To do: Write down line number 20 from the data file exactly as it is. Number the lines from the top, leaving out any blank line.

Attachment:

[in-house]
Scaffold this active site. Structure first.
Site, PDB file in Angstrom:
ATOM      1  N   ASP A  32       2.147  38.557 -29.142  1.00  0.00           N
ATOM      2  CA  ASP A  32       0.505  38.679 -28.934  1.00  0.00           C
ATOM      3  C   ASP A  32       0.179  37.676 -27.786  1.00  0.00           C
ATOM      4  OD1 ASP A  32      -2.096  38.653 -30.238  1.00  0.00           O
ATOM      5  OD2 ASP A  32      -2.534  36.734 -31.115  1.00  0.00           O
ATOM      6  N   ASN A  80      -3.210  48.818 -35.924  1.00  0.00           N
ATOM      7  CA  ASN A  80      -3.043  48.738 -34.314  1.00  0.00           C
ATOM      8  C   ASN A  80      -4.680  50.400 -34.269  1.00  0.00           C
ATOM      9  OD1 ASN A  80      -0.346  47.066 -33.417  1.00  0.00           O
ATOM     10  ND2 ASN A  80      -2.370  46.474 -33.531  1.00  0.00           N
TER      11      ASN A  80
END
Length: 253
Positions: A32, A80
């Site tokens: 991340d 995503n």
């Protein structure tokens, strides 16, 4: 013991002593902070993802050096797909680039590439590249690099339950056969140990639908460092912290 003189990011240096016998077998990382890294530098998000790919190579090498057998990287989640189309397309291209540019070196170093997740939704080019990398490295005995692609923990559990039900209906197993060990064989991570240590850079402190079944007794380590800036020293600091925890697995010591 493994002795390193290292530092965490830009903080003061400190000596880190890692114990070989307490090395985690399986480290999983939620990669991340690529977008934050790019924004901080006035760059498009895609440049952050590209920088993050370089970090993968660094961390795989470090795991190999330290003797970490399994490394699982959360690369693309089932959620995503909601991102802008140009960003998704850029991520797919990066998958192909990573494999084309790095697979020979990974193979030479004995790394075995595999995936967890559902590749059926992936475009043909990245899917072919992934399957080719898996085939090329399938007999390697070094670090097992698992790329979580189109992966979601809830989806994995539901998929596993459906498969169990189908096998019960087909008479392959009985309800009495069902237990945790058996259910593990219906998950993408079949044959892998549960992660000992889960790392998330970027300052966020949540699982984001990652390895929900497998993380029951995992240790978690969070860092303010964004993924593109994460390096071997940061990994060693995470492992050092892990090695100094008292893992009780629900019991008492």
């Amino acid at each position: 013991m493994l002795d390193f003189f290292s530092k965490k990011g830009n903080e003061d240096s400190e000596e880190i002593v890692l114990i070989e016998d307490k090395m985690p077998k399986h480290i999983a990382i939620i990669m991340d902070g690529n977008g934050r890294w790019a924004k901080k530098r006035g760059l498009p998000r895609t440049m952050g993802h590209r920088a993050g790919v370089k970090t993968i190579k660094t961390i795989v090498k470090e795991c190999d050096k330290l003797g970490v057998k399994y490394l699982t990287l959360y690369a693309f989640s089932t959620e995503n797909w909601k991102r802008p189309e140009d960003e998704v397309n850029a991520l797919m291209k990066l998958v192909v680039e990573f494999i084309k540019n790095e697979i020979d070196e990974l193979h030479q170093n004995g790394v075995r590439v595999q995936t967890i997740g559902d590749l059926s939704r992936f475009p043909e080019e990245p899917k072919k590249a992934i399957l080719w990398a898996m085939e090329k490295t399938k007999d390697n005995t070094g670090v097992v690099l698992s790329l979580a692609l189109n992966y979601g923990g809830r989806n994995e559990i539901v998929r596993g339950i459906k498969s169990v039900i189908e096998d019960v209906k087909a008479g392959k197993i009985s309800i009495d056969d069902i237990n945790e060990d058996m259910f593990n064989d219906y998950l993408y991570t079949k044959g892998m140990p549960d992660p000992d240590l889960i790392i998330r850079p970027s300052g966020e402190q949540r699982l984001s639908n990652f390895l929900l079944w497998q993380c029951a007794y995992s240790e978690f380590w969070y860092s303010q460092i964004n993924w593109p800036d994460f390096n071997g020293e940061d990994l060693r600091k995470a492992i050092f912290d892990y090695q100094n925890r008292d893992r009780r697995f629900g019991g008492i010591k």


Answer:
């Amino acid at each position: 013991m493994l002795d390193f003189f290292s530092k965490k990011g830009n903080e003061d240096s400190e000596e880190i002593v890692l114990i070989e016998d307490k090395m985690p077998k399986h480290i999983a990382i939620i990669m991340d902070g690529n977008g934050r890294w790019a924004k901080k530098r006035g760059l498009p998000r895609t440049m952050g993802h590209r920088a993050g790919v370089k970090t993968i190579k660094t961390i795989v090498k470090e795991c190999d050096k330290l003797g970490v057998k399994y490394l699982t990287l959360y690369a693309f989640s089932t959620e995503n797909w909601k991102r802008p189309e140009d960003e998704v397309n850029a991520l797919m291209k990066l998958v192909v680039e990573f494999i084309k540019n790095e697979i020979d070196e990974l193979h030479q170093n004995g790394v075995r590439v595999q995936t967890i997740g559902d590749l059926s939704r992936f475009p043909e080019e990245p899917k072919k590249a992934i399957l080719w990398a898996m085939e090329k490295t399938k007999d390697n005995t070094g670090v097992v690099l698992s790329l979580a692609l189109n992966y979601g923990g809830r989806n994995e559990i539901v998929r596993g339950i459906k498969s169990v039900i189908e096998d019960v209906k087909a008479g392959k197993i009985s309800i009495d056969d069902i237990n945790e060990d058996m259910f593990n064989d219906y998950l993408y991570t079949k044959g892998m140990p549960d992660p000992d240590l889960i790392i998330r850079p970027s300052g966020e402190q949540r699982l984001s639908n990652f390895l929900l079944w497998q993380c029951a007794y995992s240790e978690f380590w969070y860092s303010q460092i964004n993924w593109p800036d994460f390096n071997g020293e940061d990994l060693r600091k995470a492992i050092f912290d892990y090695q100094n925890r008292d893992r009780r697995f629900g019991g008492i010591k």